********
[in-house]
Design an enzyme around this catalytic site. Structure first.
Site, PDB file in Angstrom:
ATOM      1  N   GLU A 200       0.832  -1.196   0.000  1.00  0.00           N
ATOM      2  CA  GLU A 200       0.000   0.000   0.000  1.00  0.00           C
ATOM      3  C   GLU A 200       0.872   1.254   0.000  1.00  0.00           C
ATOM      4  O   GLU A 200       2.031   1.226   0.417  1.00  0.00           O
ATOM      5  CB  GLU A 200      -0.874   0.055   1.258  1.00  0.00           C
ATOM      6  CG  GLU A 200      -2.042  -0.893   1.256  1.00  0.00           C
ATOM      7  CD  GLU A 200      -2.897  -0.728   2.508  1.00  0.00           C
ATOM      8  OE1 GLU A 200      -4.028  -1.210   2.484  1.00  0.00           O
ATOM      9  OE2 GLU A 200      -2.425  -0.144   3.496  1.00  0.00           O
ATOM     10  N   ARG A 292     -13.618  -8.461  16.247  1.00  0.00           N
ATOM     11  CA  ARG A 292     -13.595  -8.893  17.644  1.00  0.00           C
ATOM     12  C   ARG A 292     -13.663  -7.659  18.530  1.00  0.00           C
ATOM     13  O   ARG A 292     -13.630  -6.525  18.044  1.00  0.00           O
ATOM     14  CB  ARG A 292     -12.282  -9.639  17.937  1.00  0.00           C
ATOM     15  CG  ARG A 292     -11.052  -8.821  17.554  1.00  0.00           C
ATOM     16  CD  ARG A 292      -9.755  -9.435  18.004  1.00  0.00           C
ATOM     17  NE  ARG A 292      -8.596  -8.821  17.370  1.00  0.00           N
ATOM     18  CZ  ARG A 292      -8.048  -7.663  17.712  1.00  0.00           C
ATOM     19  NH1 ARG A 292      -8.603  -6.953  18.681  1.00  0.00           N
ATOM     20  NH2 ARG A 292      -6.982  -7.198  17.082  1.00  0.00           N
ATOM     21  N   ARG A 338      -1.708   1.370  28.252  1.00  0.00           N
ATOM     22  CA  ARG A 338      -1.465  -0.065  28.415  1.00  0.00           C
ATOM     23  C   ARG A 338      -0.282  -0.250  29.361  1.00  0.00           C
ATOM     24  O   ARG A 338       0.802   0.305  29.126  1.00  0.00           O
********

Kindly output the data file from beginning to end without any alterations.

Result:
[in-house]
Design an enzyme around this catalytic site. Structure first.
Site, PDB file in Angstrom:
ATOM      1  N   GLU A 200       0.832  -1.196   0.000  1.00  0.00           N
ATOM      2  CA  GLU A 200       0.000   0.000   0.000  1.00  0.00           C
ATOM      3  C   GLU A 200       0.872   1.254   0.000  1.00  0.00           C
ATOM      4  O   GLU A 200       2.031   1.226   0.417  1.00  0.00           O
ATOM      5  CB  GLU A 200      -0.874   0.055   1.258  1.00  0.00           C
ATOM      6  CG  GLU A 200      -2.042  -0.893   1.256  1.00  0.00           C
ATOM      7  CD  GLU A 200      -2.897  -0.728   2.508  1.00  0.00           C
ATOM      8  OE1 GLU A 200      -4.028  -1.210   2.484  1.00  0.00           O
ATOM      9  OE2 GLU A 200      -2.425  -0.144   3.496  1.00  0.00           O
ATOM     10  N   ARG A 292     -13.618  -8.461  16.247  1.00  0.00           N
ATOM     11  CA  ARG A 292     -13.595  -8.893  17.644  1.00  0.00           C
ATOM     12  C   ARG A 292     -13.663  -7.659  18.530  1.00  0.00           C
ATOM     13  O   ARG A 292     -13.630  -6.525  18.044  1.00  0.00           O
ATOM     14  CB  ARG A 292     -12.282  -9.639  17.937  1.00  0.00           C
ATOM     15  CG  ARG A 292     -11.052  -8.821  17.554  1.00  0.00           C
ATOM     16  CD  ARG A 292      -9.755  -9.435  18.004  1.00  0.00           C
ATOM     17  NE  ARG A 292      -8.596  -8.821  17.370  1.00  0.00           N
ATOM     18  CZ  ARG A 292      -8.048  -7.663  17.712  1.00  0.00           C
ATOM     19  NH1 ARG A 292      -8.603  -6.953  18.681  1.00  0.00           N
ATOM     20  NH2 ARG A 292      -6.982  -7.198  17.082  1.00  0.00           N
ATOM     21  N   ARG A 338      -1.708   1.370  28.252  1.00  0.00           N
ATOM     22  CA  ARG A 338      -1.465  -0.065  28.415  1.00  0.00           C
ATOM     23  C   ARG A 338      -0.282  -0.250  29.361  1.00  0.00           C
ATOM     24  O   ARG A 338       0.802   0.305  29.126  1.00  0.00           O